me content myself with a general observation: Catholics do not defend
something like “Catholic morality”. By the way, I am reluctant to call
morality by any adjective whatsoever: Christian, Buddhist, progressive,
even secular, etc. Moral rules have obtained since the outset; they vary
very little. There are, on the other hand, Christian, Buddhist, etc.
interpretations of moral life.

We should endeavour to get a
clearer picture of the reasons why Christians—and not only the Pope,
even if his voice, for obvious reasons, is more widely heard—have to
speak up from time to time. They don’t preach up their own stuff, pro
domo
. They warn of dangers that menace mankind at large, and they have
to do so when they think that some behaviour, be it individual or
collective, is lethal for mankind. The supreme rule in those matters is
some sort of a duty to rescue.

5) On the other
hand, the government has refused to ban the Burqa in the name of this
freedom. What do you think about this apparent difference of treatment?

In
the name of the individual freedom of women, French government came to
the opposite conclusion. Let me emphasize only one point: our idea of
what a religion is, hence, of what freedom in religious matters should
be, arose many centuries ago, and it was tailored to a definite
religion, i.e. Christianity. Our governments have the know-how as far as
dealing with Christians is concerned, even when they act against
Christians… On the other hand, they are at a loss in front of a
religion like Islam that does not clearly distinguish between the public
and the private. Hence, they understand wearing the Burqa or, for that
matter, any kind of obedience to she Sharia, as a private decision.

As
for the precise question, Christianity is the first religion that did
not bring new or special commands but contented itself with common,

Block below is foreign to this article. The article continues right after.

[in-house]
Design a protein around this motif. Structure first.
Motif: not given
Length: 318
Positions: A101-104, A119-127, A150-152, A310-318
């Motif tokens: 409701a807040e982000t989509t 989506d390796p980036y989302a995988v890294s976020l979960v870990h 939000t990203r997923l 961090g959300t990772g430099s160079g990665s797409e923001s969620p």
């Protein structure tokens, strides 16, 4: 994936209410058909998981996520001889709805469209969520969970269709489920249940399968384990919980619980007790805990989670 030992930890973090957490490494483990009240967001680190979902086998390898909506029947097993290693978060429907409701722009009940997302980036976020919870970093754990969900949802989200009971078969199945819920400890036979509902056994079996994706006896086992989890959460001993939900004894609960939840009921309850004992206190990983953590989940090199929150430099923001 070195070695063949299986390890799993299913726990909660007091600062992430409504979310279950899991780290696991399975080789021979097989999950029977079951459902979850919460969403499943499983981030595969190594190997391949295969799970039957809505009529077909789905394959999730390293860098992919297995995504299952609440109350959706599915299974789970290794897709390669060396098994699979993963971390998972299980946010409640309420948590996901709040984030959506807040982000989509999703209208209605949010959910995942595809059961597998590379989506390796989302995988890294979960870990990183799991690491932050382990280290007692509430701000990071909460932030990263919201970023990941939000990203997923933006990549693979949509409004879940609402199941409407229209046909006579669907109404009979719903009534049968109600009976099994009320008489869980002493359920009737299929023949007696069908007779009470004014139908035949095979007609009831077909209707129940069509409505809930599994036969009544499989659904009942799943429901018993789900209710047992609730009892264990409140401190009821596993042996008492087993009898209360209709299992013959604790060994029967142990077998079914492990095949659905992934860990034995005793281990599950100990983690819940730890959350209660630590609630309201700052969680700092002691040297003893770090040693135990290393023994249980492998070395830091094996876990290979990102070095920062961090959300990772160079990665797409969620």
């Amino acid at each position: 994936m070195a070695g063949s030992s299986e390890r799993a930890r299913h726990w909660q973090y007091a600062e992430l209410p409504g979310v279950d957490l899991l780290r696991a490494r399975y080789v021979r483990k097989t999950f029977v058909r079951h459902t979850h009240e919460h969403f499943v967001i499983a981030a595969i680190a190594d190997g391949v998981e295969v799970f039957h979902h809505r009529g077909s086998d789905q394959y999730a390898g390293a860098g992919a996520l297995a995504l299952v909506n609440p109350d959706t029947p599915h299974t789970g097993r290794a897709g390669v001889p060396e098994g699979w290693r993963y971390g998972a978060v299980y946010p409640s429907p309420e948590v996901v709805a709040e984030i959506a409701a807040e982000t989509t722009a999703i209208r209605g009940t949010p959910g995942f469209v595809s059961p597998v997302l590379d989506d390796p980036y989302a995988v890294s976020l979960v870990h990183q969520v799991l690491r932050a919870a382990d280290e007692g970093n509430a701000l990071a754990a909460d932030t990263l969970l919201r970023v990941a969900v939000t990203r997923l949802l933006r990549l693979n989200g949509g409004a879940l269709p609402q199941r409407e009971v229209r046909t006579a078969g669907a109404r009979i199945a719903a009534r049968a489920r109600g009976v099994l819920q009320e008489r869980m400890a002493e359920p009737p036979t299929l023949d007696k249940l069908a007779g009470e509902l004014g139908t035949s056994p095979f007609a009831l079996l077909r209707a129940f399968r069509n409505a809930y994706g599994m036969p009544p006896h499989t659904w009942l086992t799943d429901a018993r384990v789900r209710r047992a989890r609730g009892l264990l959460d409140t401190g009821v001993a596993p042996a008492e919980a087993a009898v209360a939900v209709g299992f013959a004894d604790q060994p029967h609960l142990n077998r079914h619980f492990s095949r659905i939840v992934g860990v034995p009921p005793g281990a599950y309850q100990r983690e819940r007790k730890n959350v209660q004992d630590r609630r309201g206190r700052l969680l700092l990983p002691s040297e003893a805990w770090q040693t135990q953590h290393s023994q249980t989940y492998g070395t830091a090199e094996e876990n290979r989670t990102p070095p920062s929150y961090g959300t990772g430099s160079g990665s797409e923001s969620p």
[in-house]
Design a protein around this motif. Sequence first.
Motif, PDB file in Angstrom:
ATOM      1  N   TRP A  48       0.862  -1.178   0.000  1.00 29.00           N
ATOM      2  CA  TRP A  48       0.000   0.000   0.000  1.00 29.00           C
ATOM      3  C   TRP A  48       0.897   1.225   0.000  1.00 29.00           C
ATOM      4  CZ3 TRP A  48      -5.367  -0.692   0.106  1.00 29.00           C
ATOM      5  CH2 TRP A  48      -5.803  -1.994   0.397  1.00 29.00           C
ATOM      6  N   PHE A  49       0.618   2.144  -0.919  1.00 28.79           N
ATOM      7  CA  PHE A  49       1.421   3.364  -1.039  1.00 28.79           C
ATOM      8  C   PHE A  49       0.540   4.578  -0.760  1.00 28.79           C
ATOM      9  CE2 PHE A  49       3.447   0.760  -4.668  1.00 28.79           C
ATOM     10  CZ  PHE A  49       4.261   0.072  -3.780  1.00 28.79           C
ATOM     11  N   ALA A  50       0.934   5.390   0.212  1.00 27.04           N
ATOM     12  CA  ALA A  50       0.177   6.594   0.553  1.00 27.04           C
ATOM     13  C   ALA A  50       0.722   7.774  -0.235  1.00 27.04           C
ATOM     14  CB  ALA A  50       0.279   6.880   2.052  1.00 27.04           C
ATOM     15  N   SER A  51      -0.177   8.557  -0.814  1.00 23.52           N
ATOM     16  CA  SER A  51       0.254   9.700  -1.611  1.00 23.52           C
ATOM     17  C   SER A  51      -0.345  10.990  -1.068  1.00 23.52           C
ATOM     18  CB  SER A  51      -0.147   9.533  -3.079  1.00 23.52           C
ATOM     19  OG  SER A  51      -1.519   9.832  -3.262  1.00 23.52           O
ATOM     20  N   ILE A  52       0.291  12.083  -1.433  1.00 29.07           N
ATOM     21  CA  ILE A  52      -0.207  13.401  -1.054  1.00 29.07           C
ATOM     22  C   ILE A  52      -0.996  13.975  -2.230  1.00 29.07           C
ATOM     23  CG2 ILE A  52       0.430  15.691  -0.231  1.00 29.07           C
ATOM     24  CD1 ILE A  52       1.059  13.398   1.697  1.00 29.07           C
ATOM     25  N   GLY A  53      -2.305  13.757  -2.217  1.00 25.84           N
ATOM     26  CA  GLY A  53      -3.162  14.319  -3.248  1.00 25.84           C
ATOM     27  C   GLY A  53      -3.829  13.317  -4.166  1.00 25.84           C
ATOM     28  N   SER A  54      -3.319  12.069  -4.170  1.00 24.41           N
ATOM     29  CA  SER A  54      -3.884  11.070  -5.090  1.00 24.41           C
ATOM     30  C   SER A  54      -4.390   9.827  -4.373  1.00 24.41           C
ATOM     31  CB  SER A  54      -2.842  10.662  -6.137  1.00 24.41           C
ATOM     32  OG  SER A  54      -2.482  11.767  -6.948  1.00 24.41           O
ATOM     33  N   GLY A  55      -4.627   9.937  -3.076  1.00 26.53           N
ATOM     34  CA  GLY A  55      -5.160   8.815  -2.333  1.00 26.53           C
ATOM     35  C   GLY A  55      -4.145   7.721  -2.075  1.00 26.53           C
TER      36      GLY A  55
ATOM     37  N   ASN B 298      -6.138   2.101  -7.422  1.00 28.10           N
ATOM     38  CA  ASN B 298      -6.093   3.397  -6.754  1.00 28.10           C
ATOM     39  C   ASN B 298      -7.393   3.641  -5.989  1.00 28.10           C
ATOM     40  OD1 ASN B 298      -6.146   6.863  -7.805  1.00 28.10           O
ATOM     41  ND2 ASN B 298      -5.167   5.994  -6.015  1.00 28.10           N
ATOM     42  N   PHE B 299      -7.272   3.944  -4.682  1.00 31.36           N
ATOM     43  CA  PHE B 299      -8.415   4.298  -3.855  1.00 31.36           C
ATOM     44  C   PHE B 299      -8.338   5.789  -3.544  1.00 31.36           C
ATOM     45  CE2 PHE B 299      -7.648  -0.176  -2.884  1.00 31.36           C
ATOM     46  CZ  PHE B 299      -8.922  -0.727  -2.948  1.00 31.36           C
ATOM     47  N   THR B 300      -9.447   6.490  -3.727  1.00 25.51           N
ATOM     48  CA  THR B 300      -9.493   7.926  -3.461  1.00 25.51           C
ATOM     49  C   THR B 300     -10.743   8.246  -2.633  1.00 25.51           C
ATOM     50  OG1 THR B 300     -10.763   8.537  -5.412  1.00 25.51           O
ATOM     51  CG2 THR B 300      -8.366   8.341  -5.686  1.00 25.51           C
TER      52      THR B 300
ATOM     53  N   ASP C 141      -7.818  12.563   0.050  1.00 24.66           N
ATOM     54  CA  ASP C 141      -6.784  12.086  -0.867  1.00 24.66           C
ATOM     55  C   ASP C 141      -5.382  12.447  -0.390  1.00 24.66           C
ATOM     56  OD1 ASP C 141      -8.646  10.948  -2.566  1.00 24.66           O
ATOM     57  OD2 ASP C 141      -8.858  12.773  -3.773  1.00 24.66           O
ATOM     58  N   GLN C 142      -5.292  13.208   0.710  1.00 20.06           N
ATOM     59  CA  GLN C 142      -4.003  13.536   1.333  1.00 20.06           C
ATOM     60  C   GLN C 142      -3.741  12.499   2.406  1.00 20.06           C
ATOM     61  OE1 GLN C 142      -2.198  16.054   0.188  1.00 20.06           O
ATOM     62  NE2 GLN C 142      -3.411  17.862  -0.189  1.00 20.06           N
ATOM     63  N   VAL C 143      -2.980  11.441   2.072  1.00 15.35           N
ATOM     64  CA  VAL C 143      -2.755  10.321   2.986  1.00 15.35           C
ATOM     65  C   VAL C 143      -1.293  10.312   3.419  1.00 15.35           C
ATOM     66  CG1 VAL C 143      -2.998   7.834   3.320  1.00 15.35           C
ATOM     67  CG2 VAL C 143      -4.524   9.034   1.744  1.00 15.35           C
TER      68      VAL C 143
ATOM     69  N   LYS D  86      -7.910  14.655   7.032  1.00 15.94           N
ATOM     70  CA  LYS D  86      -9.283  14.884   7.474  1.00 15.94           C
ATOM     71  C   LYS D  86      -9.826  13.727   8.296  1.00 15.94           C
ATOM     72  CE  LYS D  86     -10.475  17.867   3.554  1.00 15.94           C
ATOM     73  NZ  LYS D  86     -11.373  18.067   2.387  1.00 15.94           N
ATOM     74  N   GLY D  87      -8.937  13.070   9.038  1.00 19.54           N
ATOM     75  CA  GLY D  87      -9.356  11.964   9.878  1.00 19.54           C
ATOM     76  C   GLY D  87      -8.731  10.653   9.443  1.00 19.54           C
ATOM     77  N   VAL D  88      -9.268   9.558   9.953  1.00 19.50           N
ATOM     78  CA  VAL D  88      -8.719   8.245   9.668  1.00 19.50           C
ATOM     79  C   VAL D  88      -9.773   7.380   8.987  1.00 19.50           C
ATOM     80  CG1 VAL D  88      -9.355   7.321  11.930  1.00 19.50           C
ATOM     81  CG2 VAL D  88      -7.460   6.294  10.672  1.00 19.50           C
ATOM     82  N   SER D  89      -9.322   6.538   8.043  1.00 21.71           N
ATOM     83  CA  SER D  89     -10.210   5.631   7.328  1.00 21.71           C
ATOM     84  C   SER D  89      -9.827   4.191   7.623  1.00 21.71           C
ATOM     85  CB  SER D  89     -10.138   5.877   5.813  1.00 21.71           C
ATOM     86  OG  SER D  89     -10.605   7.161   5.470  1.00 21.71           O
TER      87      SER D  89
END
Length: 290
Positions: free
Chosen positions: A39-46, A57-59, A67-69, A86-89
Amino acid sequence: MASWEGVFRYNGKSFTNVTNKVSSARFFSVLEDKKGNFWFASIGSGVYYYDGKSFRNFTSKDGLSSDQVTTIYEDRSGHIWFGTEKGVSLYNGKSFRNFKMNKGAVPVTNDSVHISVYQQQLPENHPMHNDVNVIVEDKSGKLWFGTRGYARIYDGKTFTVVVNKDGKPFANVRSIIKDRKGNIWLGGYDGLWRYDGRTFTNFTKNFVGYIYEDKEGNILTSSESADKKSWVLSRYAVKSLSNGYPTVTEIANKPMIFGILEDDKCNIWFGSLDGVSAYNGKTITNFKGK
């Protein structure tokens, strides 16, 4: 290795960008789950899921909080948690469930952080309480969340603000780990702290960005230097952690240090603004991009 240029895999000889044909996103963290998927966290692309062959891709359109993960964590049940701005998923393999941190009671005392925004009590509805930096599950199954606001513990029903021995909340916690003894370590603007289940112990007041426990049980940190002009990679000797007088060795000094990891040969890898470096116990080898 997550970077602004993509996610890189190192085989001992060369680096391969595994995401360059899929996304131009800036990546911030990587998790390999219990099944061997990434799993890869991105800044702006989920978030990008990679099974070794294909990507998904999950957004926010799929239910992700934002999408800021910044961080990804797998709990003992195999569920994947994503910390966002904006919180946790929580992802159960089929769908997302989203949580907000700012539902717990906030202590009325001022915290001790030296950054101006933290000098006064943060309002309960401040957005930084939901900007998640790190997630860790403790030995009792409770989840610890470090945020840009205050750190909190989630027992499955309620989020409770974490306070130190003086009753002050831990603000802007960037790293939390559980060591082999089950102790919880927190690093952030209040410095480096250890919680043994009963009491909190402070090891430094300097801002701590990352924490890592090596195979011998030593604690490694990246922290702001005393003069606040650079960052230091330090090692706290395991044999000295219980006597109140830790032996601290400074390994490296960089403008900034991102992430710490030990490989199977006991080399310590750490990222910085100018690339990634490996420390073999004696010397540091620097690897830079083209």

“pagan”, run-of-the-mill morality. The so-called “Christian morals” is
none other than the Ten Commandments that are already in the Old
Testament (Exodus, 20), and in other cultures. Little wonder, since they
are the basic survival kit of mankind. The Burqa is a definite
interpretation of Islamic Law, grounded on two verses of the Qur’an
asking women to be veiled (XXIV, 31; XXXIII, 59). The problem is that a
pious Muslim believes his Holy Book to have been dictated word for word
by an omniscient God, who outsoars time and space. If this is the case,
you have to obey without further ado. The only loophole left for
interpretation will be the precise meaning of the words: how long must
be the veil, how opaque, etc.?      

6) In the
conclusion of your book Eccentric Culture you preached in favour of a
new “Romanity”, which you define as a strict separation between the
spiritual and the politic and the need for roots from “Natural Law”,
could you tell us more? Does Nature remind us of the reasonable way?

I
hope I did not preach. I simply pointed out some elements that might
help us recover what I called “Romanity”, a stance that might be the key
to Europe’s success story. I was given the opportunity to delve more
extensively on those legal and political topics in my “The Law of God”
(2005). There, I argued that the real question is less the separation
between the spiritual and the politic than the one between the spiritual
and the whole realm of human action: not only politics, but individual
morality, ethics, together with what ancient philosophers called
“economy”: relations between husband and wife, parents and children,
leaders and subordinates.

The trouble, when we mention “nature” in
phrases like “natural law”, is that we more often than not mistake two